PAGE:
AN INVESTIGATION is underway after effluent from an anaerobic digester found its way into a Herefordshire watercourse.

One Herefordshire villager has said the incident, which happened in the wake of the recent floods that hit the county, must serve as a wake up call to farmers and legislators.

The alarm was raised after suspected pollution from an anaerobic digester in the Stansbatch area was reported to the Environment Agency on December 5 after concerned residents noticed a foam had formed on the water of Stansbatch brook.

Villager James Weymouth said he believed the pollution had happened as a result of the persistently wet autumn weather the county has seen.

"This autumn has presented challenges to farmers and problems for the environment. This is normal in a wet season in Herefordshire," Mr Weymouth said.

"Now, however, we have a much more dangerous issue. Lagoons attached to anaerobic digesters are full. This lethal liquid removes all oxygen from watercourses, and it found its way into the Stansbatch brook last week."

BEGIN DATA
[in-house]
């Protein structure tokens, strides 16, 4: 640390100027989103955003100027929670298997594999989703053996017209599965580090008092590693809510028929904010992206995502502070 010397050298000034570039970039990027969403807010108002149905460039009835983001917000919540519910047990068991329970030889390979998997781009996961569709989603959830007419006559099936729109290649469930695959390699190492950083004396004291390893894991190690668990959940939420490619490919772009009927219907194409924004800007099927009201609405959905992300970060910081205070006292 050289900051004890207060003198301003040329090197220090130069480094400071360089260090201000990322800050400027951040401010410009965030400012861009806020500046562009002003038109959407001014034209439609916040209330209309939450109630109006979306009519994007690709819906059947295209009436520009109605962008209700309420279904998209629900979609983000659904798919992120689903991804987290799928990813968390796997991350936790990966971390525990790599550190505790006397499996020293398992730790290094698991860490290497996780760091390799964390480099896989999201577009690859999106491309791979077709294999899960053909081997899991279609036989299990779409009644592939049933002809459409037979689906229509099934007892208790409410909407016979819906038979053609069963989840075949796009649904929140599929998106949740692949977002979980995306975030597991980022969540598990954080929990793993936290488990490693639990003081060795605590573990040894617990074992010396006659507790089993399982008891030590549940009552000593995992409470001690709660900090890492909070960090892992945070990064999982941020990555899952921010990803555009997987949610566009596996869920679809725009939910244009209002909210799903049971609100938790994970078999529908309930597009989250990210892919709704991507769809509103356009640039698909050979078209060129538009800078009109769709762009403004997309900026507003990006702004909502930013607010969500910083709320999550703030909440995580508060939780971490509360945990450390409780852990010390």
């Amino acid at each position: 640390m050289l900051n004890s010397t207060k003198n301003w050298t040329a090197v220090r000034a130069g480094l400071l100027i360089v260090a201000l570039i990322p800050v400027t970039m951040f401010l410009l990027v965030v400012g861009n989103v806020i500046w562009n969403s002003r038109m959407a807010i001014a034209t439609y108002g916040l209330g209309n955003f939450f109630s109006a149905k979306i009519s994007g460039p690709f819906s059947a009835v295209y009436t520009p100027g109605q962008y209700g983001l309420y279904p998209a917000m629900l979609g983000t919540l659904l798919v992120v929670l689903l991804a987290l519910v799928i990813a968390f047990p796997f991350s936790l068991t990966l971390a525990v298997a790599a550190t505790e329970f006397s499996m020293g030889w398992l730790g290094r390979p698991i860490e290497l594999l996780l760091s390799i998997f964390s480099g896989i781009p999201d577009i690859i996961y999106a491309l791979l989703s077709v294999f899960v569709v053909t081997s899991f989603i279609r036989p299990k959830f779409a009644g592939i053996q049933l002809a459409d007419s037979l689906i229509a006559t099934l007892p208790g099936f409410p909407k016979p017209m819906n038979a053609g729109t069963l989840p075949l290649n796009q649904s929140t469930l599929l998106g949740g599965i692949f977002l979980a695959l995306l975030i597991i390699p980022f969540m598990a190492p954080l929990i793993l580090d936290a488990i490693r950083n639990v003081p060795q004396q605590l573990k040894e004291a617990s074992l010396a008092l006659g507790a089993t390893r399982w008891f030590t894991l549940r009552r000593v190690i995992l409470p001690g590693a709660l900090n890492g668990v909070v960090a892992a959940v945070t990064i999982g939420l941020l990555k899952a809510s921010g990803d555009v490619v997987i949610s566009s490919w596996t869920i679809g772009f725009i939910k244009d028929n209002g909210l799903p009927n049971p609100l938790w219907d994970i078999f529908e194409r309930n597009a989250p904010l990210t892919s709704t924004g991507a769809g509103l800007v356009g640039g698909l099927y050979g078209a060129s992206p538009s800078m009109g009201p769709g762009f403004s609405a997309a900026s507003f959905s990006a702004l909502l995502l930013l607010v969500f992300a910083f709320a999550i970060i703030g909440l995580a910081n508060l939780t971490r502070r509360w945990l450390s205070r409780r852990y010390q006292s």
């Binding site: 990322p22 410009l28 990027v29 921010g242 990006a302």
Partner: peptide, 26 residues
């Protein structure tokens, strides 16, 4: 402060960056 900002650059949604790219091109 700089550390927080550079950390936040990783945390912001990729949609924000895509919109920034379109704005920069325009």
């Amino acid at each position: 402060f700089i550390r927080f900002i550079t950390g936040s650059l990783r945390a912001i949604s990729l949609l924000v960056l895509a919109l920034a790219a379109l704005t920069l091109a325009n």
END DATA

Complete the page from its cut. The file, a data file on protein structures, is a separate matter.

Mr Weymouth said it was feared that the brook, which is home to protected species including white-clawed crayfish, may have been badly damaged by the pollution.

"This needs to be a wake up call to farmers, and legislators need to consider if it is wise to continue to subsidise these units if the controls on the construction are inadequate and the protections for the environment not strong enough," Mr Weymouth said.

An Environment Agency spokesperson confirmed that pollution had been reported in the Stansbatch brook, and said environmental officers had inspected the site.

"The pollution was found to be caused by the agricultural spreading of digestate (the final effluent produced by anaerobic digestion plants). Sodden ground and subsequent heavy rainfall lead to a significant loss of the effluent to the brook.

“The officers found the water to be discoloured and have a slurry type odour. Tests confirmed there were elevated traces of ammonia in the water and our officers informed the farmer of the need to stop the activity.

"Further monitoring of the Stansbatch brook revealed only a minimal impact on the water ecology at the outfall of the pollution. Along the course of the brook no further impact on the environment or wildlife was found.

"The investigation is ongoing."